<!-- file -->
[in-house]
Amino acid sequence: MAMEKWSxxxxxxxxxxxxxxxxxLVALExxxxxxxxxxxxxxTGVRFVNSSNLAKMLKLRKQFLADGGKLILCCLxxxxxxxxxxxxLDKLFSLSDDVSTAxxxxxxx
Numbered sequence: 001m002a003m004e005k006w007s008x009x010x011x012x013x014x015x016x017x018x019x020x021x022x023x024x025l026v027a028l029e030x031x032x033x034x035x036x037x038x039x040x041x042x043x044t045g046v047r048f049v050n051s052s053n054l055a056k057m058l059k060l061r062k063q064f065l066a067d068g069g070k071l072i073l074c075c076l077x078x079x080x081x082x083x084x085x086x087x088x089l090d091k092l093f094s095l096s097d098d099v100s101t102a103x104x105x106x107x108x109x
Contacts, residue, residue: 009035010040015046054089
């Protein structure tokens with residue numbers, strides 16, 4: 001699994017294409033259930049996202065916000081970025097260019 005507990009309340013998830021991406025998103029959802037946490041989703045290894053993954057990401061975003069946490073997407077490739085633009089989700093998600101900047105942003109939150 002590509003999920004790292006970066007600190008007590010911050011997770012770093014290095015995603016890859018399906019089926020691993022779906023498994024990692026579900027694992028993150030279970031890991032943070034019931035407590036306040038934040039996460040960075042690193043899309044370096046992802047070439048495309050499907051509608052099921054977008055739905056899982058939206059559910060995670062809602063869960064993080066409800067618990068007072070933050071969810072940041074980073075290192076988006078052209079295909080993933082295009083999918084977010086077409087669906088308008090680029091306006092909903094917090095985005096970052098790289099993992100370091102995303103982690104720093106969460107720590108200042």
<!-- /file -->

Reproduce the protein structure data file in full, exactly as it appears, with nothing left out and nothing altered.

[in-house]
Amino acid sequence: MAMEKWSxxxxxxxxxxxxxxxxxLVALExxxxxxxxxxxxxxTGVRFVNSSNLAKMLKLRKQFLADGGKLILCCLxxxxxxxxxxxxLDKLFSLSDDVSTAxxxxxxx
Numbered sequence: 001m002a003m004e005k006w007s008x009x010x011x012x013x014x015x016x017x018x019x020x021x022x023x024x025l026v027a028l029e030x031x032x033x034x035x036x037x038x039x040x041x042x043x044t045g046v047r048f049v050n051s052s053n054l055a056k057m058l059k060l061r062k063q064f065l066a067d068g069g070k071l072i073l074c075c076l077x078x079x080x081x082x083x084x085x086x087x088x089l090d091k092l093f094s095l096s097d098d099v100s101t102a103x104x105x106x107x108x109x
Contacts, residue, residue: 009035010040015046054089
């Protein structure tokens with residue numbers, strides 16, 4: 001699994017294409033259930049996202065916000081970025097260019 005507990009309340013998830021991406025998103029959802037946490041989703045290894053993954057990401061975003069946490073997407077490739085633009089989700093998600101900047105942003109939150 002590509003999920004790292006970066007600190008007590010911050011997770012770093014290095015995603016890859018399906019089926020691993022779906023498994024990692026579900027694992028993150030279970031890991032943070034019931035407590036306040038934040039996460040960075042690193043899309044370096046992802047070439048495309050499907051509608052099921054977008055739905056899982058939206059559910060995670062809602063869960064993080066409800067618990068007072070933050071969810072940041074980073075290192076988006078052209079295909080993933082295009083999918084977010086077409087669906088308008090680029091306006092909903094917090095985005096970052098790289099993992100370091102995303103982690104720093106969460107720590108200042």